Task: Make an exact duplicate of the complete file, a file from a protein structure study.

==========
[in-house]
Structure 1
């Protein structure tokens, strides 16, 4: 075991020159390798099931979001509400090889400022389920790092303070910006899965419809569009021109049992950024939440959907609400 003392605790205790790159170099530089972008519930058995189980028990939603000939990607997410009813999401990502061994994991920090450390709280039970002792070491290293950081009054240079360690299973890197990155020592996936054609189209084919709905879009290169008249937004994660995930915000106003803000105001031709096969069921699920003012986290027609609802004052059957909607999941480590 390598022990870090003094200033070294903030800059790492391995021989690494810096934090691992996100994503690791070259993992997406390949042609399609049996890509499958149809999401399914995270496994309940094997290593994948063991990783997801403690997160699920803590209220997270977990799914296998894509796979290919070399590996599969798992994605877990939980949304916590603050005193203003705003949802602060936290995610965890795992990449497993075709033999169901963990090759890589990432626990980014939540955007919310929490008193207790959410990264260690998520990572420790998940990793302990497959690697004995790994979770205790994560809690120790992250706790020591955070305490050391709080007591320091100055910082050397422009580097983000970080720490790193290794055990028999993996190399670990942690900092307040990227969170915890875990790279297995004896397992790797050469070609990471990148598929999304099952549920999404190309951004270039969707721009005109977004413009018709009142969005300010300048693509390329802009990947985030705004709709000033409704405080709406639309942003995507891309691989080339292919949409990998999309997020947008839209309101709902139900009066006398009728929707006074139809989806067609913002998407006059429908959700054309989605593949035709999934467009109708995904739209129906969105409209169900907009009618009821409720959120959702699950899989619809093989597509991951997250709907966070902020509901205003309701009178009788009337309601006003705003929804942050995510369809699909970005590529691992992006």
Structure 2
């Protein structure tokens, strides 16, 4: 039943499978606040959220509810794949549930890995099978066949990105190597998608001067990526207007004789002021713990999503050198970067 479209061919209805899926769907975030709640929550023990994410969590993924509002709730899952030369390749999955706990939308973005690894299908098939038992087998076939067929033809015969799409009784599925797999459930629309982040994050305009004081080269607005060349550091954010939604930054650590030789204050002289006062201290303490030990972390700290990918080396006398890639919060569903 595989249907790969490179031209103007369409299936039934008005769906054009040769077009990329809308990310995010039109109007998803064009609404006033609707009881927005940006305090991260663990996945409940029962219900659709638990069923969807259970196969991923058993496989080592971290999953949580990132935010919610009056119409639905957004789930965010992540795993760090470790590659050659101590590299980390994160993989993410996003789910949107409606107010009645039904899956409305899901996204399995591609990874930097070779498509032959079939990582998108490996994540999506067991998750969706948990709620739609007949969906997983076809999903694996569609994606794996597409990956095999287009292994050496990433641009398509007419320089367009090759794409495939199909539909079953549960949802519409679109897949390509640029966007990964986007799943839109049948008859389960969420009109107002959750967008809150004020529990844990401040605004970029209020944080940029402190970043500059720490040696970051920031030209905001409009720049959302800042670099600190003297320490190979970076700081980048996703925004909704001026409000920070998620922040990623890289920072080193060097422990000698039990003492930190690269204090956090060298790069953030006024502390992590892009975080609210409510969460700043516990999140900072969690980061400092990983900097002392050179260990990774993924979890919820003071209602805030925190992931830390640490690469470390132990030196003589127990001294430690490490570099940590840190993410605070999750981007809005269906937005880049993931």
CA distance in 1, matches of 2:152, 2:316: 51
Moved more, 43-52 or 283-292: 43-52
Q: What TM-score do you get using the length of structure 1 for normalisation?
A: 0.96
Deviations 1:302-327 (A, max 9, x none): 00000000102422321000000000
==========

[in-house]
Structure 1
């Protein structure tokens, strides 16, 4: 075991020159390798099931979001509400090889400022389920790092303070910006899965419809569009021109049992950024939440959907609400 003392605790205790790159170099530089972008519930058995189980028990939603000939990607997410009813999401990502061994994991920090450390709280039970002792070491290293950081009054240079360690299973890197990155020592996936054609189209084919709905879009290169008249937004994660995930915000106003803000105001031709096969069921699920003012986290027609609802004052059957909607999941480590 390598022990870090003094200033070294903030800059790492391995021989690494810096934090691992996100994503690791070259993992997406390949042609399609049996890509499958149809999401399914995270496994309940094997290593994948063991990783997801403690997160699920803590209220997270977990799914296998894509796979290919070399590996599969798992994605877990939980949304916590603050005193203003705003949802602060936290995610965890795992990449497993075709033999169901963990090759890589990432626990980014939540955007919310929490008193207790959410990264260690998520990572420790998940990793302990497959690697004995790994979770205790994560809690120790992250706790020591955070305490050391709080007591320091100055910082050397422009580097983000970080720490790193290794055990028999993996190399670990942690900092307040990227969170915890875990790279297995004896397992790797050469070609990471990148598929999304099952549920999404190309951004270039969707721009005109977004413009018709009142969005300010300048693509390329802009990947985030705004709709000033409704405080709406639309942003995507891309691989080339292919949409990998999309997020947008839209309101709902139900009066006398009728929707006074139809989806067609913002998407006059429908959700054309989605593949035709999934467009109708995904739209129906969105409209169900907009009618009821409720959120959702699950899989619809093989597509991951997250709907966070902020509901205003309701009178009788009337309601006003705003929804942050995510369809699909970005590529691992992006």
Structure 2
């Protein structure tokens, strides 16, 4: 039943499978606040959220509810794949549930890995099978066949990105190597998608001067990526207007004789002021713990999503050198970067 479209061919209805899926769907975030709640929550023990994410969590993924509002709730899952030369390749999955706990939308973005690894299908098939038992087998076939067929033809015969799409009784599925797999459930629309982040994050305009004081080269607005060349550091954010939604930054650590030789204050002289006062201290303490030990972390700290990918080396006398890639919060569903 595989249907790969490179031209103007369409299936039934008005769906054009040769077009990329809308990310995010039109109007998803064009609404006033609707009881927005940006305090991260663990996945409940029962219900659709638990069923969807259970196969991923058993496989080592971290999953949580990132935010919610009056119409639905957004789930965010992540795993760090470790590659050659101590590299980390994160993989993410996003789910949107409606107010009645039904899956409305899901996204399995591609990874930097070779498509032959079939990582998108490996994540999506067991998750969706948990709620739609007949969906997983076809999903694996569609994606794996597409990956095999287009292994050496990433641009398509007419320089367009090759794409495939199909539909079953549960949802519409679109897949390509640029966007990964986007799943839109049948008859389960969420009109107002959750967008809150004020529990844990401040605004970029209020944080940029402190970043500059720490040696970051920031030209905001409009720049959302800042670099600190003297320490190979970076700081980048996703925004909704001026409000920070998620922040990623890289920072080193060097422990000698039990003492930190690269204090956090060298790069953030006024502390992590892009975080609210409510969460700043516990999140900072969690980061400092990983900097002392050179260990990774993924979890919820003071209602805030925190992931830390640490690469470390132990030196003589127990001294430690490490570099940590840190993410605070999750981007809005269906937005880049993931």
CA distance in 1, matches of 2:152, 2:316: 51
Moved more, 43-52 or 283-292: 43-52
Q: What TM-score do you get using the length of structure 1 for normalisation?
A: 0.96
Deviations 1:302-327 (A, max 9, x none): 00000000102422321000000000